The Keurig is easily one of the most convenient ways to get a fresh, hot cup of coffee in seconds, from the comfort of your own home. However, researchers are warning Keurig users to beware of the growing bacteria inside these machines.
Healthy Holistic Living looked into these concerns. During their research, the most obvious and alarming problem with the Keurig can be found on the company’s website: “Once your Keurig home brewer has been primed, you cannot empty the water from the inside. The internal tank of the brewer cannot be drained.”
Why is not draining this water such a concern? Well, according to Donna Duberg, Assistant Professor of Clinical Laboratory Science at St. Louis University, “Bacteria forms a slick biofilm when grown in moist, dark places, and so do molds,” places such as inside of a wet Keurig.
Duberg added that the coffee beans in the coffee are not enough to kill bacteria inside the machine. “There is research which shows that it is only about 50 percent effective in killing bacteria, such as Staphylococcus aureus and Streptococcus mutans, and molds,” she said before adding that the water inside the Keurig does not get hot enough to kill the bacteria either.
This is not the first-time Keurig has put its profits above the safety of its consumers. Back in 2009 Keurig Green Mountain released defective brewers, although they did not report them as defective until November of 2014. The defect “caused hot water and coffee grounds to spray out and burn unsuspecting consumers,” according to the U.S. Consumer Product Safety Commission.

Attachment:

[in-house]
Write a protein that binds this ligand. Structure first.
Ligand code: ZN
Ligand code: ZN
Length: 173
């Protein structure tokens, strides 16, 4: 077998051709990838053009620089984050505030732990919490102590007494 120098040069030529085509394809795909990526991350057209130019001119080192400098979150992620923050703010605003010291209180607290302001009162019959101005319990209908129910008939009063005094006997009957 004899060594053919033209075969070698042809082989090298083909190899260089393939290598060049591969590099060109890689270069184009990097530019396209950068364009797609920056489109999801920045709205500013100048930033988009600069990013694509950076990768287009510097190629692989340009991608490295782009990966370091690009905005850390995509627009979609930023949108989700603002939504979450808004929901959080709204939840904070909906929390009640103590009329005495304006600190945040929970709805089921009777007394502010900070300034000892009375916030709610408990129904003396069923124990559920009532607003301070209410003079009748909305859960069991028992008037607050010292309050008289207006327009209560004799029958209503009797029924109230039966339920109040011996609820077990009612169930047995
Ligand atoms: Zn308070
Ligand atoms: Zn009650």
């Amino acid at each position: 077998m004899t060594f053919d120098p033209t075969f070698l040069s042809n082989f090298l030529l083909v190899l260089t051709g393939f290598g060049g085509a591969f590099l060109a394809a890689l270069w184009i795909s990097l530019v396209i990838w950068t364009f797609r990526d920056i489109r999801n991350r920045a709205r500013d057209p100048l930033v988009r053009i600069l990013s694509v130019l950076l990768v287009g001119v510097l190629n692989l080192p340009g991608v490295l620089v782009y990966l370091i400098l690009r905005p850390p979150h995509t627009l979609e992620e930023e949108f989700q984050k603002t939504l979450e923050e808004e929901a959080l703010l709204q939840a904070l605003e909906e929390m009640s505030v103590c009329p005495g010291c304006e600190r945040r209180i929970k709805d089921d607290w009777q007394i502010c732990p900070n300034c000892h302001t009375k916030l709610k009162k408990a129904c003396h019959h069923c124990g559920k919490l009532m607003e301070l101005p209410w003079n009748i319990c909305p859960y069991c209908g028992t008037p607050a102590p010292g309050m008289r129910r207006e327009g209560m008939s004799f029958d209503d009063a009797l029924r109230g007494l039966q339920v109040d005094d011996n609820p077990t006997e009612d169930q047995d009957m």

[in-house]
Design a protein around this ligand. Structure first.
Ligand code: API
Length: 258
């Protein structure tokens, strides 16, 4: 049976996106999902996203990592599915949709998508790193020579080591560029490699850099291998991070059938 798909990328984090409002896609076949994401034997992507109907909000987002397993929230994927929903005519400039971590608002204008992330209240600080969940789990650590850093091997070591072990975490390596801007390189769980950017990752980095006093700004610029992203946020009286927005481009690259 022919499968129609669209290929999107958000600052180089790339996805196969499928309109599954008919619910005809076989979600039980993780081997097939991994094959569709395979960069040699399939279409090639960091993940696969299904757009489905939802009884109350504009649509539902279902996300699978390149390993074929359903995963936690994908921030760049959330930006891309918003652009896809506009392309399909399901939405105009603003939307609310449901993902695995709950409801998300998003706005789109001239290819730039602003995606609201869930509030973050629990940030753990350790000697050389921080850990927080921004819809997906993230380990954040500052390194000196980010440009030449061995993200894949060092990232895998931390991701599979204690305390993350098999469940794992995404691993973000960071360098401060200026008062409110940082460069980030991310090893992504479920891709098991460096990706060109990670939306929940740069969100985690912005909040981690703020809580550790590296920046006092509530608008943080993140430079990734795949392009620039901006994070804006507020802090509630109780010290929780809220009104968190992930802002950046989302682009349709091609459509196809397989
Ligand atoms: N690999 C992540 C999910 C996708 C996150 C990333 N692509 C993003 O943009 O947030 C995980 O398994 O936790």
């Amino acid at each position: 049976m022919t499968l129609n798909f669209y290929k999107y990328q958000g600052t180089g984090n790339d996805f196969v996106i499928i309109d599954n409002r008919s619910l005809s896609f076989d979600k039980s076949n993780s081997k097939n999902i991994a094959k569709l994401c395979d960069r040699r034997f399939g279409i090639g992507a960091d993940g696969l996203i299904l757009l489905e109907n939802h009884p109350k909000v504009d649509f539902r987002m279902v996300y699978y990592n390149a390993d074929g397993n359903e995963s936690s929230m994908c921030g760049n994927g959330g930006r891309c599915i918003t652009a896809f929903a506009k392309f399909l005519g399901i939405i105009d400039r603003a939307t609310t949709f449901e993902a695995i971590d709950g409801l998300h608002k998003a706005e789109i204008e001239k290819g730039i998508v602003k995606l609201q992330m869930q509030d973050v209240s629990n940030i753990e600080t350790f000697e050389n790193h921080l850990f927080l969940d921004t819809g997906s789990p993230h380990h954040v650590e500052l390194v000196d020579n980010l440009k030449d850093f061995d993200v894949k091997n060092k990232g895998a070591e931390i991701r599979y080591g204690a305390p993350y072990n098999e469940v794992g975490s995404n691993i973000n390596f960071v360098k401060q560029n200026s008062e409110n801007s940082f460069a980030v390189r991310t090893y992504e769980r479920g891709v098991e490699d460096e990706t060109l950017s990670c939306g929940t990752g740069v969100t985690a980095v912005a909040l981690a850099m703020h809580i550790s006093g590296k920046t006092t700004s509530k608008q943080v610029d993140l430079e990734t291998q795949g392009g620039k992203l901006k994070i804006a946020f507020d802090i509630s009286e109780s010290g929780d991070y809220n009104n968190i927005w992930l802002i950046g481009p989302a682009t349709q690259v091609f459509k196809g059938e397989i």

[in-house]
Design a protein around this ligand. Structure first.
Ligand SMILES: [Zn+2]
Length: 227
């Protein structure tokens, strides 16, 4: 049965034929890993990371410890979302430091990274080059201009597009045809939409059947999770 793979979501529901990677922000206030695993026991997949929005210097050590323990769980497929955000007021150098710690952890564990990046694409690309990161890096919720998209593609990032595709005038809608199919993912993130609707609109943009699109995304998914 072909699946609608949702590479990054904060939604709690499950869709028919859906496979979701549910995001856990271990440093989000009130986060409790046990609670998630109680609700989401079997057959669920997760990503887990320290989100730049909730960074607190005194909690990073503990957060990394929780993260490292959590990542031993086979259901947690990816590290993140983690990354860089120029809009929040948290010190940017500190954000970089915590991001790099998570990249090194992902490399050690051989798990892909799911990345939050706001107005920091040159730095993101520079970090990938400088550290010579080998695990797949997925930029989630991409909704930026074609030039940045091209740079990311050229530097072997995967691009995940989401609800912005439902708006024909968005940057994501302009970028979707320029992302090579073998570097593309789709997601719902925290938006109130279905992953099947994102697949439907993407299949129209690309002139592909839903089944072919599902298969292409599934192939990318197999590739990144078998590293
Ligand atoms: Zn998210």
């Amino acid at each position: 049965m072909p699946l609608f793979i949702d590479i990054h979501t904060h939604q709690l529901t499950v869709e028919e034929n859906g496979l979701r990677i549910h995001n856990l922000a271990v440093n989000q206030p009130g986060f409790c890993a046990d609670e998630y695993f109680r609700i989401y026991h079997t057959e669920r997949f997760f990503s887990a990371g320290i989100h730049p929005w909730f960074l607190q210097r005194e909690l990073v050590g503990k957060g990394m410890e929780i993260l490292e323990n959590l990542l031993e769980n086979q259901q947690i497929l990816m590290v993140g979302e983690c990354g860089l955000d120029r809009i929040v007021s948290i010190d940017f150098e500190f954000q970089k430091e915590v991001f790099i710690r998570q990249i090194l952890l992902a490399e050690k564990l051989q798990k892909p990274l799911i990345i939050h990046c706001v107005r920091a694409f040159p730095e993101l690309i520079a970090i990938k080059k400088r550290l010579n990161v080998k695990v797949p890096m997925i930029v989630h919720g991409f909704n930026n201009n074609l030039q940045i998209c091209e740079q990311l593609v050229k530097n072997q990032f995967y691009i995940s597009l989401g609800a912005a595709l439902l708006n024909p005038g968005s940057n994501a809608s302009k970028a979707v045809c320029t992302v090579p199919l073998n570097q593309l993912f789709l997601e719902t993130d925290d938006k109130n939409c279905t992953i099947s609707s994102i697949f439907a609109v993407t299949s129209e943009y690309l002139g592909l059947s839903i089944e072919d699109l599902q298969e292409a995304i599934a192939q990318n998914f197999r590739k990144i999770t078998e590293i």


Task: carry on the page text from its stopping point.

Keurig Green Mountain was forced to pay $5.8 million for the delayed reporting. Because of that delay, over 100 people suffered “burn-related injuries to their faces, hands and bodies.” Although the $5.8 million is the second-highest amount to be paid to the Consumer Product Safety Commission, the commission admits “we have serious reservations about whether the amount will have any meaningful deterrent effect on Keurig or other multibillion-dollar companies who are well‐positioned to dismiss this size penalty as a small cost of doing business.”
Obviously, the commission’s “reservations” were well justified. Once again, the safety and health of Keurig’s customers has been put on the back-burner to make room for more profits.